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Title:Techniques for efficient high performance computing in the cloud
Author(s):Gupta, Abhishek
Director of Research:Kale, Laxmikant V.
Doctoral Committee Chair(s):Kale, Laxmikant V.
Doctoral Committee Member(s):Garzaran, Maria J.; Gupta, Indranil; Milojicic, Dejan
Department / Program:Computer Science
Discipline:Computer Science
Degree Granting Institution:University of Illinois at Urbana-Champaign
Subject(s):High Performance Computing (HPC)
malleable jobs
High performance computing (HPC) in cloud
Abstract:The advantages of pay-as-you-go model, elasticity, and the flexibility and customization offered by virtualization make cloud computing an attractive option for meeting the needs of some High Performance Computing (HPC) users, especially those with emerging or sporadic demands. "Computing or Infrastructure as a service" model in cloud has tremendous potential of spreading the outreach of HPC to wider scientific and industrial community. However, this potential has largely remained unrealized. This thesis makes an attempt to study the reasons for the lack of adoption of cloud computing by HPC community and alleviate them using software techniques. We hypothesize that current clouds are suitable for some HPC applications not all applications, and for those applications, clouds can be more cost-effective compared to typical dedicated HPC platforms using intelligent scheduling of applications to platforms in cloud. Through comprehensive performance evaluation and analysis, we find that there are gaps between the characteristic traits of many HPC applications and existing cloud environments. The poor interconnect and I/O performance in cloud, network virtualization overhead, HPC-agnostic cloud schedulers, and the inherent heterogeneity and multi-tenancy in cloud are some bottlenecks for efficient HPC in cloud. Our philosophy for bridging the divide between HPC and clouds is to a) use a complementary approach of making clouds HPC-aware and HPC cloud-aware, b) consider also the unique opportunities offered by cloud for HPC, such as virtual machine (VM) consolidation and elasticity, besides addressing the challenges posed by clouds, and c) consider views of both, HPC users and cloud providers, who sometimes have conflicting objectives: users must see tangible benefits (in cost or performance) while cloud providers must be able to run a profitable business. With this philosophy, the techniques presented in this thesis, viz. HPC-aware cloud scheduling and VM placement, cloud-aware load balancing for HPC applications, and parallel runtime for enabling dynamically shrinking or expanding parallel jobs, significantly improve HPC performance and cloud resource utilization for HPC in cloud. We believe that our research will help users gain confidence in the capabilities of cloud for HPC, and enable cloud providers to run a more profitable business.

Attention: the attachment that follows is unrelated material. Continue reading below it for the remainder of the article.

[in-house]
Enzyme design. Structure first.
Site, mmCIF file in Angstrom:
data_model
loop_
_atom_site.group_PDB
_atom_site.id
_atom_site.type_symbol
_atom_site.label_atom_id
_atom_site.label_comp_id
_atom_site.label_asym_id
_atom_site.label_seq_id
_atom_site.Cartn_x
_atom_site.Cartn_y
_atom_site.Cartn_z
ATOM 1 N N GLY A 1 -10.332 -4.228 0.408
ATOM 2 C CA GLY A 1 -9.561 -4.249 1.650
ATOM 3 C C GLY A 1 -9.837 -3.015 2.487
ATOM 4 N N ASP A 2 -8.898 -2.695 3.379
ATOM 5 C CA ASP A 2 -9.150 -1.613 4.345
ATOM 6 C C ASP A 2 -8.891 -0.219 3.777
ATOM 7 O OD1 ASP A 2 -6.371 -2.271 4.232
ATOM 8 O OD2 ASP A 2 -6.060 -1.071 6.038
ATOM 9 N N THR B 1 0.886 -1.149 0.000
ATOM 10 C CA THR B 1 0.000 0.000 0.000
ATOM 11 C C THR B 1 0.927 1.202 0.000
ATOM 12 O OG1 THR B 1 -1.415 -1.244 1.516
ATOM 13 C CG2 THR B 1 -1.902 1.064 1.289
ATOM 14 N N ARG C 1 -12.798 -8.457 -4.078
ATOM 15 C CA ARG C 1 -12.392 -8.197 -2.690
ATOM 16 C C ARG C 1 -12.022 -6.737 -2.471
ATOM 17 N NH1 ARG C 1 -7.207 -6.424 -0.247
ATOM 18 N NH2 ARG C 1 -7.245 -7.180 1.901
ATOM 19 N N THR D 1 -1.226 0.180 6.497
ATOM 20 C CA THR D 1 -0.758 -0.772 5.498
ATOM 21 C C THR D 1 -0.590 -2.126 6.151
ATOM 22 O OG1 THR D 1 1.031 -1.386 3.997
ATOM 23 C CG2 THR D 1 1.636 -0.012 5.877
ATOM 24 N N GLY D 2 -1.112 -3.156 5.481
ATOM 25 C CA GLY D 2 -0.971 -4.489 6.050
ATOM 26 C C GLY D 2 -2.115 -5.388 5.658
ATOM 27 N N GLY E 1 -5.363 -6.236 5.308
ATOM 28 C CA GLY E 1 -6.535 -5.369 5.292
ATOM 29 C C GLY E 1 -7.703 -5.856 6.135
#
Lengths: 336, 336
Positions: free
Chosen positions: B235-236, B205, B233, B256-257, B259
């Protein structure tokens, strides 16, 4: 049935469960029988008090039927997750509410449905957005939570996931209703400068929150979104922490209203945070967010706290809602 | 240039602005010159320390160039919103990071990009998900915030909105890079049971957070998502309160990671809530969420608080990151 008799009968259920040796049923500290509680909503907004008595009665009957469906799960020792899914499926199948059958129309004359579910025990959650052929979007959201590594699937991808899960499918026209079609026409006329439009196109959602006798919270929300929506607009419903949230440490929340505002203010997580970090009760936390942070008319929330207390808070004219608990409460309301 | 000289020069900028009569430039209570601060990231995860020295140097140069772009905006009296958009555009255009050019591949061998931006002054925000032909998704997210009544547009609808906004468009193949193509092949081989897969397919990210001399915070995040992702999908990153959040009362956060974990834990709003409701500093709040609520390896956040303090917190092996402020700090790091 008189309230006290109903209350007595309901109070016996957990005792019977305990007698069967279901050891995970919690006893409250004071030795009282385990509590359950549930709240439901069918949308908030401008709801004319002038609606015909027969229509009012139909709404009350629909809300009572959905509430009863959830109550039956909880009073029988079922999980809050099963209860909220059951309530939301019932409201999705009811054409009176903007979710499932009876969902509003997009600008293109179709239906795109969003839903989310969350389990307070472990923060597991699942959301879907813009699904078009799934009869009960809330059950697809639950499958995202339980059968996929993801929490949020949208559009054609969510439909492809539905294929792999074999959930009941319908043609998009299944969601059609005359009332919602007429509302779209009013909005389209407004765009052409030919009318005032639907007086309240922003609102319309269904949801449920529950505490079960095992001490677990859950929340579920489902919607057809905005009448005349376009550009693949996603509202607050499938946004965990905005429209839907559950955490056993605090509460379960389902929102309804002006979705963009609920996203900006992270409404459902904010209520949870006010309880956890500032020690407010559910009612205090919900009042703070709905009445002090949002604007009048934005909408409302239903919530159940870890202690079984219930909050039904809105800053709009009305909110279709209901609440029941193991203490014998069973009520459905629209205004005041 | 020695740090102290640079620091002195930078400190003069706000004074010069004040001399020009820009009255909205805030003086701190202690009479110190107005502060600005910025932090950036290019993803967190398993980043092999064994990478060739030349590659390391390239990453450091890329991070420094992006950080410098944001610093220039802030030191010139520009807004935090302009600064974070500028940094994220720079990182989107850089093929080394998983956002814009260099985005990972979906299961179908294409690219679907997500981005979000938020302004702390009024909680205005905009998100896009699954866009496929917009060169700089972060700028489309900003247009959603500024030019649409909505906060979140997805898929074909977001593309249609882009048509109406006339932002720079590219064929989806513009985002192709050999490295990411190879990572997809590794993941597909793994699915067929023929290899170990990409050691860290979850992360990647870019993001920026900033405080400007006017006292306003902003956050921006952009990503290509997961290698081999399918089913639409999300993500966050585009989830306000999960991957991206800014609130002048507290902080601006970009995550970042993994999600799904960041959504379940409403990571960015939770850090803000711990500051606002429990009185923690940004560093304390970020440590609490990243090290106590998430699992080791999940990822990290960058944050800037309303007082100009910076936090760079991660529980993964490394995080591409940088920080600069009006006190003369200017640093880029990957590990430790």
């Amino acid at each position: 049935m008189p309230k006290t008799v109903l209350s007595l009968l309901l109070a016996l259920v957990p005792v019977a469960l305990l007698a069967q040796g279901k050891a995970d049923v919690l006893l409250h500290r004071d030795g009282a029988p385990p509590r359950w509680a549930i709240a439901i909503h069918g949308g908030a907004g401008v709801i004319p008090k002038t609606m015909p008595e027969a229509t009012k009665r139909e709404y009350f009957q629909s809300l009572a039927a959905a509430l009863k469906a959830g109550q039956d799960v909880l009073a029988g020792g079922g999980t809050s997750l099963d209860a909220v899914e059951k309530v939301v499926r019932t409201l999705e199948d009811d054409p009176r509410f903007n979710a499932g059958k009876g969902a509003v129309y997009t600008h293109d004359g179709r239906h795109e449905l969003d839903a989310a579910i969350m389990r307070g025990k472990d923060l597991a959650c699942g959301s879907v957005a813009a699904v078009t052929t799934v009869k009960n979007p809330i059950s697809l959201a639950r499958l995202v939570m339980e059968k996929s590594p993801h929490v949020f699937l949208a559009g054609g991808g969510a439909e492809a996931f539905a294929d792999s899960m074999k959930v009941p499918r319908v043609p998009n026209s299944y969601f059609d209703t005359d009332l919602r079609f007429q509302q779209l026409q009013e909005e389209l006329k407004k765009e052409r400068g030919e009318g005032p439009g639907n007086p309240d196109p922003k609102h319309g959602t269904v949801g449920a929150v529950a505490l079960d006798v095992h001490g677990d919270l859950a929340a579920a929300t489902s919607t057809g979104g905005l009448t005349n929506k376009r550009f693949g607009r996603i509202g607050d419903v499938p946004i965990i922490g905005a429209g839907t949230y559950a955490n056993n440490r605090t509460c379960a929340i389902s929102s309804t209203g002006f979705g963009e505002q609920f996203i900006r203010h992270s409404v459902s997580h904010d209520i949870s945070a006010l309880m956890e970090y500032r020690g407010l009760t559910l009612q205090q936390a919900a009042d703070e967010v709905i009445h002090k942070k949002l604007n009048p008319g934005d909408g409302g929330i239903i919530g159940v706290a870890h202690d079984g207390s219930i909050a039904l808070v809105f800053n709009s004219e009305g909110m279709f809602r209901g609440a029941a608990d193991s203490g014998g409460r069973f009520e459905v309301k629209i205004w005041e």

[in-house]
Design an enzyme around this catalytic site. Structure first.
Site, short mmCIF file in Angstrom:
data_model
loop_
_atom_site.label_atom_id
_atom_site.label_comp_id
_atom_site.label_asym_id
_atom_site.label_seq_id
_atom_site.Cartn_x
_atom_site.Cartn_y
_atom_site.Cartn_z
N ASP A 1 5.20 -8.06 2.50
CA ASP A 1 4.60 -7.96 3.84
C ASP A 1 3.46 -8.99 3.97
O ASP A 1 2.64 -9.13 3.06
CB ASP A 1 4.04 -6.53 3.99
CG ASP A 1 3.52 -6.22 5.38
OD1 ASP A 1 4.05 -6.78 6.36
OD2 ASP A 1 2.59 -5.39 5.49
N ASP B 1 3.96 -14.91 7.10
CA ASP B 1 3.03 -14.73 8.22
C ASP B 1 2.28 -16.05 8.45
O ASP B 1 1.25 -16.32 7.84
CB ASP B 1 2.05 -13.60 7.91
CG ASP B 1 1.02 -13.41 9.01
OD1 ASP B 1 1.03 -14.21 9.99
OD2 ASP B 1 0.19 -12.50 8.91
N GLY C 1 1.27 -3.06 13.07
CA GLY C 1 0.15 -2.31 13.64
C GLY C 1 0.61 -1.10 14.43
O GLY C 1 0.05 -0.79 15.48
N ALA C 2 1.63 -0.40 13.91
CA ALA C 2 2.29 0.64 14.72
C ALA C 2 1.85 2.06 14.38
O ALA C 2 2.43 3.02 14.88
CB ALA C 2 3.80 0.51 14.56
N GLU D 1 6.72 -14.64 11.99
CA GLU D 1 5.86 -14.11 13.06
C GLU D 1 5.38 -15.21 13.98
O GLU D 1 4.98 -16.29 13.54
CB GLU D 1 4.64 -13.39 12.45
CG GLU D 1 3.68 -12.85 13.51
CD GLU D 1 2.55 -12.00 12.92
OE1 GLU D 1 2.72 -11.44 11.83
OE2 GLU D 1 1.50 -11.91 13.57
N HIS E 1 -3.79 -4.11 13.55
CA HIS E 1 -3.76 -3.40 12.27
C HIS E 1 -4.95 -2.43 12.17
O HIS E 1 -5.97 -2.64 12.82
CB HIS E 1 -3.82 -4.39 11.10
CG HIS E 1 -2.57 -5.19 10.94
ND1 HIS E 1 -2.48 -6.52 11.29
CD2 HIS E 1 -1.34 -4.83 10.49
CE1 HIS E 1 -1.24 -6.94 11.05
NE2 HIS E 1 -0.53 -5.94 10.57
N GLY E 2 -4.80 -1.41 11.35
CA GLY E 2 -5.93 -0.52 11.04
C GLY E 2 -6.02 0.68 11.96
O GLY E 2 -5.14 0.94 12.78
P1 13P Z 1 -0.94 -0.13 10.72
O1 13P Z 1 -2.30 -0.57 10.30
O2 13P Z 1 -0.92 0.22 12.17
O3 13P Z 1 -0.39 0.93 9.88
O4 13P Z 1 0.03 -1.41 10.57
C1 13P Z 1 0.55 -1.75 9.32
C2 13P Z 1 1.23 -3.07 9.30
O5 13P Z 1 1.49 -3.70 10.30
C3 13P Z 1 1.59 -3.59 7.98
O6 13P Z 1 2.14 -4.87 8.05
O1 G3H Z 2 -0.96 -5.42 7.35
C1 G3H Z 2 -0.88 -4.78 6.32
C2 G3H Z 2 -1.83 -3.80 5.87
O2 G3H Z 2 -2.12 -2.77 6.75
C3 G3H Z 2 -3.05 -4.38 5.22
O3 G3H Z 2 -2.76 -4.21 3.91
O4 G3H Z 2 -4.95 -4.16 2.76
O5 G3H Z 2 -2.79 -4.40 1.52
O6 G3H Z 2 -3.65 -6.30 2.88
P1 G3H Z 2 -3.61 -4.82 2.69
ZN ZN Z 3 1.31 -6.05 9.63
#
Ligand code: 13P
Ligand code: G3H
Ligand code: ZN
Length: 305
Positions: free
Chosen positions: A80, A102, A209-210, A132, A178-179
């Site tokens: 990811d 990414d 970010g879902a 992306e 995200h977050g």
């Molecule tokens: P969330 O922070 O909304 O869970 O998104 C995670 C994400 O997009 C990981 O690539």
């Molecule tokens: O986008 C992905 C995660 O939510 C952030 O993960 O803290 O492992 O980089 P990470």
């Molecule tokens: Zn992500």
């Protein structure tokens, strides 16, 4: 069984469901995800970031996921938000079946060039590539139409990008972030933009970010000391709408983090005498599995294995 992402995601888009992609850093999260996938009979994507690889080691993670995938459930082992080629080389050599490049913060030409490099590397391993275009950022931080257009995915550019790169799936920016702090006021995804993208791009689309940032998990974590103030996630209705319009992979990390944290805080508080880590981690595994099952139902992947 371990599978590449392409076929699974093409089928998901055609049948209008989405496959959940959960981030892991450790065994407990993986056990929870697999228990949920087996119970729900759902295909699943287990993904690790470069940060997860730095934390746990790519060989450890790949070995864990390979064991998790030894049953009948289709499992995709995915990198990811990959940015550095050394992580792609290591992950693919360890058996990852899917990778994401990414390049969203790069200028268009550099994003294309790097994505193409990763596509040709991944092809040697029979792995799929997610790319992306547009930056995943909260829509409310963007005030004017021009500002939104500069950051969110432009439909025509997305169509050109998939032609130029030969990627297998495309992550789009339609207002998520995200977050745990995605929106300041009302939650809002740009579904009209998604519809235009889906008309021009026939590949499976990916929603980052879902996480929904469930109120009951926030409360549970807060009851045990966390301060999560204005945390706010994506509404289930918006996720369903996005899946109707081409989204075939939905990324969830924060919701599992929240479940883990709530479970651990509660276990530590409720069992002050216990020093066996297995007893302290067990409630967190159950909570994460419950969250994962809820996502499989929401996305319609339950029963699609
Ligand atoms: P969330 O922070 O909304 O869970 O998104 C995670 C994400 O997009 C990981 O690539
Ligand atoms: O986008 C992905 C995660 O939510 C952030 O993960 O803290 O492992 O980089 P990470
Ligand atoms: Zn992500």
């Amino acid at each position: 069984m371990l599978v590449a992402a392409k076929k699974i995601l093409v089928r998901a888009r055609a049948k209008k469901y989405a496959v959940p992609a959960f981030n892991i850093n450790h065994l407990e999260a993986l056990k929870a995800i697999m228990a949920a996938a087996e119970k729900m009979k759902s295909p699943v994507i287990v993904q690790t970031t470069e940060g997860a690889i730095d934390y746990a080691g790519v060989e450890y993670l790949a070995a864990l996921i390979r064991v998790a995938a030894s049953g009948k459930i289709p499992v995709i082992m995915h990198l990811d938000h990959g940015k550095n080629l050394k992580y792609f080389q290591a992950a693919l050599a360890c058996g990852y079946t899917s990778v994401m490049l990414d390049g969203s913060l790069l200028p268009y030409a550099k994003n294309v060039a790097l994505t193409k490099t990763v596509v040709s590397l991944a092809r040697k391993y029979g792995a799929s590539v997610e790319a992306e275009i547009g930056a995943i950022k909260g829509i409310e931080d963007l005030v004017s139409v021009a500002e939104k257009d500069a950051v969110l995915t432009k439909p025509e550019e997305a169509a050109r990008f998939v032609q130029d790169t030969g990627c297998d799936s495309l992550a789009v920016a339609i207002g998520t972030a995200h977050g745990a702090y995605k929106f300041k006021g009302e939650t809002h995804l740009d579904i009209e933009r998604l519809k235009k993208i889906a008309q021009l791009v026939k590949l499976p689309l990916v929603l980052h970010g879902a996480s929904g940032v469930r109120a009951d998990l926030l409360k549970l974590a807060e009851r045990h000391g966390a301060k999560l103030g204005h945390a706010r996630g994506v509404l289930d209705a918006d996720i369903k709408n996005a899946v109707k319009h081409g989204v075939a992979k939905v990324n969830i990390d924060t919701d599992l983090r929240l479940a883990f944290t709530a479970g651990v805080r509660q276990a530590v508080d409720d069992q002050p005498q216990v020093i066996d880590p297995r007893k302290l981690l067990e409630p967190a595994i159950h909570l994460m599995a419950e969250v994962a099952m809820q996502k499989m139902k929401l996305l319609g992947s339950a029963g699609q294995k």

Issue Date:2014-09-16
Rights Information:Copyright 2014 Abhishek Gupta
Date Available in IDEALS:2014-09-16
Date Deposited:2014-08

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